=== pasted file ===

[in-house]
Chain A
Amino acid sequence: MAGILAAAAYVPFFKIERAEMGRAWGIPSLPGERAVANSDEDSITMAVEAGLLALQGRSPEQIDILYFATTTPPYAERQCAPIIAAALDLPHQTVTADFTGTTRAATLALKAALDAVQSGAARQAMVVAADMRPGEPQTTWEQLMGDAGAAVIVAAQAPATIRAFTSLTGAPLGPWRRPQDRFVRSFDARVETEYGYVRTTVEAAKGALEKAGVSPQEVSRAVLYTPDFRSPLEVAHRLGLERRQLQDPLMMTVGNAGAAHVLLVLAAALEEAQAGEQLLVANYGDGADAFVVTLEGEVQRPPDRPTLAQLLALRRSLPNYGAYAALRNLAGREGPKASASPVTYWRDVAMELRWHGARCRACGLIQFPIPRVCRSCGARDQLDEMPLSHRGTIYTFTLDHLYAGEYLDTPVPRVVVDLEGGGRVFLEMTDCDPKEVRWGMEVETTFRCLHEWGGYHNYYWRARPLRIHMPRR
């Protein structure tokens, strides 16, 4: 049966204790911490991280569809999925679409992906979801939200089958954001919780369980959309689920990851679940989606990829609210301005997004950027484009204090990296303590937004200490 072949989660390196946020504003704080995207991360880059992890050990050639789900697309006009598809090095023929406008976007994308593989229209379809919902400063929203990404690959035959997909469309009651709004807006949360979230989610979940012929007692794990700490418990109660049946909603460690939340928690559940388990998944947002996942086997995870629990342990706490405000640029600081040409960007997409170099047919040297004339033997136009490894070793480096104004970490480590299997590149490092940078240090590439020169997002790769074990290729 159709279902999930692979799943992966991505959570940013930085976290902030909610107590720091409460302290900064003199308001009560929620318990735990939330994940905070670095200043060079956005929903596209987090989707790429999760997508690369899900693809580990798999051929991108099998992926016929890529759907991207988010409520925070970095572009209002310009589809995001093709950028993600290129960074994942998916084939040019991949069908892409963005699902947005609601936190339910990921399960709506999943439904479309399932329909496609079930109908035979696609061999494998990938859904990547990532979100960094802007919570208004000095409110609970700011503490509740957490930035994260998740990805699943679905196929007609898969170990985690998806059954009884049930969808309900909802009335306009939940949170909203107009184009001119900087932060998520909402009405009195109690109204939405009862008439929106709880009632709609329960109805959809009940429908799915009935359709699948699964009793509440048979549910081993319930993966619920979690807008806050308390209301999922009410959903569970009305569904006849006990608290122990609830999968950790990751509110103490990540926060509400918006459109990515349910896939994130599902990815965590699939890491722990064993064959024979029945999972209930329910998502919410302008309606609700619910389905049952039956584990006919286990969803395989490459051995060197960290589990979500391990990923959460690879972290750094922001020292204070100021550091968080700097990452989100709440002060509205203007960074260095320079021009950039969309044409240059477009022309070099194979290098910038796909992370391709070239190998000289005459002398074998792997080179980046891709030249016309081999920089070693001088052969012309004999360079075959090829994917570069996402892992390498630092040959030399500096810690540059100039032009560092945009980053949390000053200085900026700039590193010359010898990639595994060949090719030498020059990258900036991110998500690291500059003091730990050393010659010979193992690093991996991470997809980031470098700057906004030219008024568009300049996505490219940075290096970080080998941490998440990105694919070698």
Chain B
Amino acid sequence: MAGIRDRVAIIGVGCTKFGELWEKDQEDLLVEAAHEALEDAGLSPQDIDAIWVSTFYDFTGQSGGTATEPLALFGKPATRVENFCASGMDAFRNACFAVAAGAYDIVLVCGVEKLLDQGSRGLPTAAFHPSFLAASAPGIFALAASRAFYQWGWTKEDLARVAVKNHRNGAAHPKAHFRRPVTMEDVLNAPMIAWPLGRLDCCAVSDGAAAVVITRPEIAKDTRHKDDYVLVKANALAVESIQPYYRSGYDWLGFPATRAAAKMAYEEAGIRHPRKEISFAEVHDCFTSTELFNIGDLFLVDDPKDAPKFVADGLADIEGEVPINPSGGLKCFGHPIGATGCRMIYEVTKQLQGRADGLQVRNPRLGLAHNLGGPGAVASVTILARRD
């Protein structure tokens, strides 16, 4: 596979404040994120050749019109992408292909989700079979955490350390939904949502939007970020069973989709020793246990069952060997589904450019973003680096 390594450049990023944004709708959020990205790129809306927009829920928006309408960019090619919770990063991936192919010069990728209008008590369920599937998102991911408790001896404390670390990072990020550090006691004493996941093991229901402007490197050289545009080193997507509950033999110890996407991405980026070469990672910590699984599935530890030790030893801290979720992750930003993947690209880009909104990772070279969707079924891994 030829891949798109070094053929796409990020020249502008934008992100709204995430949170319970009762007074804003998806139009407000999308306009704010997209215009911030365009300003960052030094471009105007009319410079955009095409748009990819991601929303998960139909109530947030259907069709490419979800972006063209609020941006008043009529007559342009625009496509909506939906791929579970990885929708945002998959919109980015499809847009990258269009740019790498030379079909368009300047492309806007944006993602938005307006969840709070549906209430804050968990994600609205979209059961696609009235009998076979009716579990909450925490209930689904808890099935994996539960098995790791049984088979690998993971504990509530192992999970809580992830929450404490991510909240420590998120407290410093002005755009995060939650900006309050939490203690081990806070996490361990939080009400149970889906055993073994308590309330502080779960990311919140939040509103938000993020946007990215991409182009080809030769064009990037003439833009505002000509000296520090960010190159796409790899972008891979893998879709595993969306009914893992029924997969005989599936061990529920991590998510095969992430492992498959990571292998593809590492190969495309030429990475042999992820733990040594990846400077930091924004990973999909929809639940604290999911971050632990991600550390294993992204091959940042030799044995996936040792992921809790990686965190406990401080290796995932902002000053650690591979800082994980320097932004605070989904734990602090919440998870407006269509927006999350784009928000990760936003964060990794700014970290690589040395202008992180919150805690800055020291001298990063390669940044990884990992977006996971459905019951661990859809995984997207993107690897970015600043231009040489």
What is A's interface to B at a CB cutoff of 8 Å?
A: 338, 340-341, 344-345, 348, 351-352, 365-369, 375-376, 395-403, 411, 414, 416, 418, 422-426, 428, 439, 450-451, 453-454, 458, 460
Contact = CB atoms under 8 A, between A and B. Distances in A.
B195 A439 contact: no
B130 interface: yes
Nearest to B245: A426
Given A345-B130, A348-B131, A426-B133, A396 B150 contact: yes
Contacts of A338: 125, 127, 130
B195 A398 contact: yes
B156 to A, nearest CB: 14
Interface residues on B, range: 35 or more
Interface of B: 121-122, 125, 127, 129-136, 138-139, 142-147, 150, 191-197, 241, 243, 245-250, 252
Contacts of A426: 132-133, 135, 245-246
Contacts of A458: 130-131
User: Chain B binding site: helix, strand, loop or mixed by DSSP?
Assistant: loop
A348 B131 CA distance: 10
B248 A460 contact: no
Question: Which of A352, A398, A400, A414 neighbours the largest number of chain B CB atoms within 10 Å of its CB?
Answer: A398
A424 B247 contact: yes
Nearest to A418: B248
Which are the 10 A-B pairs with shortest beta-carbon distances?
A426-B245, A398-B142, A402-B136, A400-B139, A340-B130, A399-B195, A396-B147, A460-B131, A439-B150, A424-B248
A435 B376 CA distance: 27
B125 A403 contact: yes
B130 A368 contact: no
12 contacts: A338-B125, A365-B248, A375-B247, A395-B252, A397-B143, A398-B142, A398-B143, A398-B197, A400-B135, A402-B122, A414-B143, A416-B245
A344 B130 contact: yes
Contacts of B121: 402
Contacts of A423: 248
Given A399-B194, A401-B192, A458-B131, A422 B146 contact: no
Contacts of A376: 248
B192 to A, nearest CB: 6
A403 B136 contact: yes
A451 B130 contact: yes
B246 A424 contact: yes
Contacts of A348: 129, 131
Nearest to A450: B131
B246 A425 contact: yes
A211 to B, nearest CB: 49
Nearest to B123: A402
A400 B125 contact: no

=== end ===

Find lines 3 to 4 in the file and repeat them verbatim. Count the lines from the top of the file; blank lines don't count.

Amino acid sequence: MAGILAAAAYVPFFKIERAEMGRAWGIPSLPGERAVANSDEDSITMAVEAGLLALQGRSPEQIDILYFATTTPPYAERQCAPIIAAALDLPHQTVTADFTGTTRAATLALKAALDAVQSGAARQAMVVAADMRPGEPQTTWEQLMGDAGAAVIVAAQAPATIRAFTSLTGAPLGPWRRPQDRFVRSFDARVETEYGYVRTTVEAAKGALEKAGVSPQEVSRAVLYTPDFRSPLEVAHRLGLERRQLQDPLMMTVGNAGAAHVLLVLAAALEEAQAGEQLLVANYGDGADAFVVTLEGEVQRPPDRPTLAQLLALRRSLPNYGAYAALRNLAGREGPKASASPVTYWRDVAMELRWHGARCRACGLIQFPIPRVCRSCGARDQLDEMPLSHRGTIYTFTLDHLYAGEYLDTPVPRVVVDLEGGGRVFLEMTDCDPKEVRWGMEVETTFRCLHEWGGYHNYYWRARPLRIHMPRR
């Protein structure tokens, strides 16, 4: 049966204790911490991280569809999925679409992906979801939200089958954001919780369980959309689920990851679940989606990829609210301005997004950027484009204090990296303590937004200490 072949989660390196946020504003704080995207991360880059992890050990050639789900697309006009598809090095023929406008976007994308593989229209379809919902400063929203990404690959035959997909469309009651709004807006949360979230989610979940012929007692794990700490418990109660049946909603460690939340928690559940388990998944947002996942086997995870629990342990706490405000640029600081040409960007997409170099047919040297004339033997136009490894070793480096104004970490480590299997590149490092940078240090590439020169997002790769074990290729 159709279902999930692979799943992966991505959570940013930085976290902030909610107590720091409460302290900064003199308001009560929620318990735990939330994940905070670095200043060079956005929903596209987090989707790429999760997508690369899900693809580990798999051929991108099998992926016929890529759907991207988010409520925070970095572009209002310009589809995001093709950028993600290129960074994942998916084939040019991949069908892409963005699902947005609601936190339910990921399960709506999943439904479309399932329909496609079930109908035979696609061999494998990938859904990547990532979100960094802007919570208004000095409110609970700011503490509740957490930035994260998740990805699943679905196929007609898969170990985690998806059954009884049930969808309900909802009335306009939940949170909203107009184009001119900087932060998520909402009405009195109690109204939405009862008439929106709880009632709609329960109805959809009940429908799915009935359709699948699964009793509440048979549910081993319930993966619920979690807008806050308390209301999922009410959903569970009305569904006849006990608290122990609830999968950790990751509110103490990540926060509400918006459109990515349910896939994130599902990815965590699939890491722990064993064959024979029945999972209930329910998502919410302008309606609700619910389905049952039956584990006919286990969803395989490459051995060197960290589990979500391990990923959460690879972290750094922001020292204070100021550091968080700097990452989100709440002060509205203007960074260095320079021009950039969309044409240059477009022309070099194979290098910038796909992370391709070239190998000289005459002398074998792997080179980046891709030249016309081999920089070693001088052969012309004999360079075959090829994917570069996402892992390498630092040959030399500096810690540059100039032009560092945009980053949390000053200085900026700039590193010359010898990639595994060949090719030498020059990258900036991110998500690291500059003091730990050393010659010979193992690093991996991470997809980031470098700057906004030219008024568009300049996505490219940075290096970080080998941490998440990105694919070698």